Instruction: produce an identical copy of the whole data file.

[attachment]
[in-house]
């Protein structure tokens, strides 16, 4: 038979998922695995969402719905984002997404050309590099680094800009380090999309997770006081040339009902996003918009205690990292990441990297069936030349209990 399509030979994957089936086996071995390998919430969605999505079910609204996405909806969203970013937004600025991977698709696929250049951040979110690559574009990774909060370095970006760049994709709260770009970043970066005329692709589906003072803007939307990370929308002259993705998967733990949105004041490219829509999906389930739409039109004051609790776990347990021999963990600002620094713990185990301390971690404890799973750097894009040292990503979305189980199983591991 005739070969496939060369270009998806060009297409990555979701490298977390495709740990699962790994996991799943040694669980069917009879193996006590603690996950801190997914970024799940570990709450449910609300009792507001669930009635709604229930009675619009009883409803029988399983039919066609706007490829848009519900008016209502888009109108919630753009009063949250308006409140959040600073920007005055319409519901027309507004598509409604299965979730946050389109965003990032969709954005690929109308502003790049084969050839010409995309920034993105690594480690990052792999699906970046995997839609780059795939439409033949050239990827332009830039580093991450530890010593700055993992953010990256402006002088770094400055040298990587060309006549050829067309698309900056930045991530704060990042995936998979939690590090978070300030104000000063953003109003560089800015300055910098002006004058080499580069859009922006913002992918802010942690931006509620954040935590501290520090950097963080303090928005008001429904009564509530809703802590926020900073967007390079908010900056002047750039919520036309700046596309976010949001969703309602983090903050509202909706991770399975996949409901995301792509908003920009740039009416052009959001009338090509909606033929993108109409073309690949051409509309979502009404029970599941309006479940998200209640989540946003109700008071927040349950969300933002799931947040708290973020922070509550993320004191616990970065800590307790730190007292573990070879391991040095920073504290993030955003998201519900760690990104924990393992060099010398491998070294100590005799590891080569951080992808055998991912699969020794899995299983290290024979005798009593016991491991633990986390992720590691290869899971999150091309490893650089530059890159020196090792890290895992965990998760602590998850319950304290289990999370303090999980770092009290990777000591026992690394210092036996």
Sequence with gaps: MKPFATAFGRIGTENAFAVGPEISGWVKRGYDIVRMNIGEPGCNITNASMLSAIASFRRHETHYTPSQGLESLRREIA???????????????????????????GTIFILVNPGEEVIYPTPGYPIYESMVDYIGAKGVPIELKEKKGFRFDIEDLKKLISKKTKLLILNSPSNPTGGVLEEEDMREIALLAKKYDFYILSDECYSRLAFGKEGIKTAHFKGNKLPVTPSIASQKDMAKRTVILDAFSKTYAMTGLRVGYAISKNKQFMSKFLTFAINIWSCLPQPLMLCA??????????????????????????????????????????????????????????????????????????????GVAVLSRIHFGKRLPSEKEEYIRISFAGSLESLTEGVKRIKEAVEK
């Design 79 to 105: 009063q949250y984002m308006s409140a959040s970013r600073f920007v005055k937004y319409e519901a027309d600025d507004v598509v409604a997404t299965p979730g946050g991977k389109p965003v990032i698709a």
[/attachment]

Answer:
[in-house]
């Protein structure tokens, strides 16, 4: 038979998922695995969402719905984002997404050309590099680094800009380090999309997770006081040339009902996003918009205690990292990441990297069936030349209990 399509030979994957089936086996071995390998919430969605999505079910609204996405909806969203970013937004600025991977698709696929250049951040979110690559574009990774909060370095970006760049994709709260770009970043970066005329692709589906003072803007939307990370929308002259993705998967733990949105004041490219829509999906389930739409039109004051609790776990347990021999963990600002620094713990185990301390971690404890799973750097894009040292990503979305189980199983591991 005739070969496939060369270009998806060009297409990555979701490298977390495709740990699962790994996991799943040694669980069917009879193996006590603690996950801190997914970024799940570990709450449910609300009792507001669930009635709604229930009675619009009883409803029988399983039919066609706007490829848009519900008016209502888009109108919630753009009063949250308006409140959040600073920007005055319409519901027309507004598509409604299965979730946050389109965003990032969709954005690929109308502003790049084969050839010409995309920034993105690594480690990052792999699906970046995997839609780059795939439409033949050239990827332009830039580093991450530890010593700055993992953010990256402006002088770094400055040298990587060309006549050829067309698309900056930045991530704060990042995936998979939690590090978070300030104000000063953003109003560089800015300055910098002006004058080499580069859009922006913002992918802010942690931006509620954040935590501290520090950097963080303090928005008001429904009564509530809703802590926020900073967007390079908010900056002047750039919520036309700046596309976010949001969703309602983090903050509202909706991770399975996949409901995301792509908003920009740039009416052009959001009338090509909606033929993108109409073309690949051409509309979502009404029970599941309006479940998200209640989540946003109700008071927040349950969300933002799931947040708290973020922070509550993320004191616990970065800590307790730190007292573990070879391991040095920073504290993030955003998201519900760690990104924990393992060099010398491998070294100590005799590891080569951080992808055998991912699969020794899995299983290290024979005798009593016991491991633990986390992720590691290869899971999150091309490893650089530059890159020196090792890290895992965990998760602590998850319950304290289990999370303090999980770092009290990777000591026992690394210092036996």
Sequence with gaps: MKPFATAFGRIGTENAFAVGPEISGWVKRGYDIVRMNIGEPGCNITNASMLSAIASFRRHETHYTPSQGLESLRREIA???????????????????????????GTIFILVNPGEEVIYPTPGYPIYESMVDYIGAKGVPIELKEKKGFRFDIEDLKKLISKKTKLLILNSPSNPTGGVLEEEDMREIALLAKKYDFYILSDECYSRLAFGKEGIKTAHFKGNKLPVTPSIASQKDMAKRTVILDAFSKTYAMTGLRVGYAISKNKQFMSKFLTFAINIWSCLPQPLMLCA??????????????????????????????????????????????????????????????????????????????GVAVLSRIHFGKRLPSEKEEYIRISFAGSLESLTEGVKRIKEAVEK
């Design 79 to 105: 009063q949250y984002m308006s409140a959040s970013r600073f920007v005055k937004y319409e519901a027309d600025d507004v598509v409604a997404t299965p979730g946050g991977k389109p965003v990032i698709a």